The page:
In Theaters: Away We Go
Any Sam Mendes film would be a palate cleanser following his aggressively foul Revolutionary Road. But Away We Go, featuring John Krasinski and Maya Rudolph as a pair of 30-something expectant parents on the road to somewhere and nowhere all at once, represents more than some automatic bounding back from rock bottom. It's even more than watchable! In fact, the more I think about it, did Sam Mendes make a good film?
Well, sort of. Steeped in twee and drunk on regional stereotypes, Away We Go also dares to consider the flip-sides of those scourges. "Are we fuck-ups?" Verona (Rudolph) asks her boyfriend Burt (Krasinski), six months pregnant with his child and bundled up with him in their chilly, rural Connecticut bungalow. He doesn't know, but leans "Yes"; his parents (played by Catherine O'Hara and Jeff Daniels) are relocating to Belgium before Burt's child is even born, leaving him and Verona little reason to remain close to home. Not that they know what else is out there. Yeah, probably fuck-ups.
But inertia has a cure -- or at least they hope it does. Thus begins their countrywide journey in search of a new home: First to Phoenix, where Verona's ex-colleague (Allison Janney) lives loudly and hopelessly in the nuclear family from hell. Then to Tuscon, where Verona's sister (Carmen Ejogo) fled the shadow of their late parents. Then to Madison, Wisc., where Burt's childhood friend (Maggie Gyllenhaal) slinks through a shudderingly new-age, child-stifling psychosis with her own family. Then to Montreal, an urban idyll where even the most loving, adoptive parents (Melanie Lynskey and Chris Messina) are torn by their inability to conceive. Then to Miami, where Burt's brother (Paul Schneider) is winding down his first day as a single dad after his wife left him and his daughter. See a pattern yet?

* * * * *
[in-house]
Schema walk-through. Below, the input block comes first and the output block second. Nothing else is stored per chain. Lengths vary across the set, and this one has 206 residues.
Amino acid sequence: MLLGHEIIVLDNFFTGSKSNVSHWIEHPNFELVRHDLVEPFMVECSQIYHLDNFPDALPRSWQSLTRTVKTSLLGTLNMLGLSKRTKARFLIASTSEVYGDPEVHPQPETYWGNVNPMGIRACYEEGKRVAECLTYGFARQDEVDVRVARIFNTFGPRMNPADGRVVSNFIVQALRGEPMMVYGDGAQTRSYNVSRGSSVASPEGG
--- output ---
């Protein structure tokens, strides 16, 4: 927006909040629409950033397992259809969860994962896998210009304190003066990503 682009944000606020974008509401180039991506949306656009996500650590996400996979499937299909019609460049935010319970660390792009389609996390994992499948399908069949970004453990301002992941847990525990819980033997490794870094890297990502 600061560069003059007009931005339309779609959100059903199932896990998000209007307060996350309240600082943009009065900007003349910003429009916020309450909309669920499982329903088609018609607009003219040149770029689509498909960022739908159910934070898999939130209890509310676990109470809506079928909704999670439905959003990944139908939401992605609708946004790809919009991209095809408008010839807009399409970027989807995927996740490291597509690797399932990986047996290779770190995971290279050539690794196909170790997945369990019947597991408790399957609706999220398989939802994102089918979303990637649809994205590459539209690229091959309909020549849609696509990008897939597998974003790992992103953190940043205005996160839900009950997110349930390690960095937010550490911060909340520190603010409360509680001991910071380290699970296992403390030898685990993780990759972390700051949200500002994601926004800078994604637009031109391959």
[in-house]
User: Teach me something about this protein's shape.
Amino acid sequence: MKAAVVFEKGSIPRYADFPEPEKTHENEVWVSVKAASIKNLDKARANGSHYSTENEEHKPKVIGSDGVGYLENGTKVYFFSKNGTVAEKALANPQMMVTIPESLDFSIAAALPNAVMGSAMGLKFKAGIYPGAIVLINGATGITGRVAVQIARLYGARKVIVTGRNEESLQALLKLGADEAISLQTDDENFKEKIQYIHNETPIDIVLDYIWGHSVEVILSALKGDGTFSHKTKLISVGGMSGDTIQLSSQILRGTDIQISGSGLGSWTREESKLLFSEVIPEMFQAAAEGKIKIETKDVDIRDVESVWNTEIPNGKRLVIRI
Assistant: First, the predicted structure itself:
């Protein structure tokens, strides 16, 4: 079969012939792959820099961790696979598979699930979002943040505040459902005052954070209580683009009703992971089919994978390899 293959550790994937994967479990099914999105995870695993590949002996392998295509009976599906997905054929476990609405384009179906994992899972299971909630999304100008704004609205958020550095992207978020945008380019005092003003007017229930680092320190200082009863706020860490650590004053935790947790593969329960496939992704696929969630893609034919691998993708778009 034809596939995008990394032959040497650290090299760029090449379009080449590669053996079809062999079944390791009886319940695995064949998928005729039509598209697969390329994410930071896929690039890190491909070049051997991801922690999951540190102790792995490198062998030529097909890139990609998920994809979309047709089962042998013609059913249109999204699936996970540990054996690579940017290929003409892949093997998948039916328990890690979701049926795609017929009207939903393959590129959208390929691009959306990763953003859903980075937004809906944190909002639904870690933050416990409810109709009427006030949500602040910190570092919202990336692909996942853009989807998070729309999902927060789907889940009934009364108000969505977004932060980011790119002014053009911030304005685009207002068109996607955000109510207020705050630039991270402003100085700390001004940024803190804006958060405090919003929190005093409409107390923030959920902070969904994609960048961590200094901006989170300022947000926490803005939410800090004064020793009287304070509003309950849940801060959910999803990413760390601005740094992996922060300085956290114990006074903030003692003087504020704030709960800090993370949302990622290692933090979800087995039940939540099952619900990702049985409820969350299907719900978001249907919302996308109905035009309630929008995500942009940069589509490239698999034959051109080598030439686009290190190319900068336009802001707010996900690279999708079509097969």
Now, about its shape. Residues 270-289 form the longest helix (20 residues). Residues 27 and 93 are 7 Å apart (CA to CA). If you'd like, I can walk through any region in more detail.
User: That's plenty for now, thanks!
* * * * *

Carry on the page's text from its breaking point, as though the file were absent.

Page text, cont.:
In keeping with the literary tradition of husband/wife screenwriters Dave Eggers and Vendela Vida, Away We Go feels less episodic than anthologized. And with each fable comes its moral -- Mendes's own didactic, signature flair. But the mismatch makes for kind of an amazing show, for both better and worse. For one, the Phoenix sequence plays like a direct lift of Frances McDormand's kid-centric squawkery in Raising Arizona, with the Coens' irony traded out for Mendes's condescension. But the real coin of the realm is shellshock, with Janney and screen husband Jim Gaffigan both succumbing to the same sort of death trance that afflicted Mendes couples in American Beauty through Revolutionary Road. Here, however, reduced to cameo-like screen time and without the responsibility of resolution -- not to mention being opposite the idealistic Burt and Verona -- their suffering is too concentrated to ignore.
The same goes for all of those on Burt and Verona's whirlwind tour, and what happens in Montreal is really too gape-inducing to spoil here. And when they're not imparting lessons of how to be -- or, more specifically, how not to be -- the young couple's hosts provoke discussion among the two of them en route to their next destination. Eggers and Vida have the patois down, if not quite the sincerity. Deep Truths™ like "Nobody's in love like us" devolve into "I will love you even I can't find your vagina" as time goes on, and Krasinksi and Rudolph do their honest best to play it like a shabbier, less-symmetrical Wes Anderson. Naturally Mendes gives them just the right, tasteful music cues to really emphasize the sweetness of it all.
But even if I knew where the characters would end up way before they apparently did, and even if their journey did provoke equal parts loathing and empathy, those qualities' coexistence yielded an unusual intrigue -- and not least because in 90 minutes, Mendes didn't make me angry once. He even made me think. Are these two fuck-ups? Again, probably. Are they Sam Mendes's first step to restitution, maybe even redemption? Would you believe, yes? RATING: 6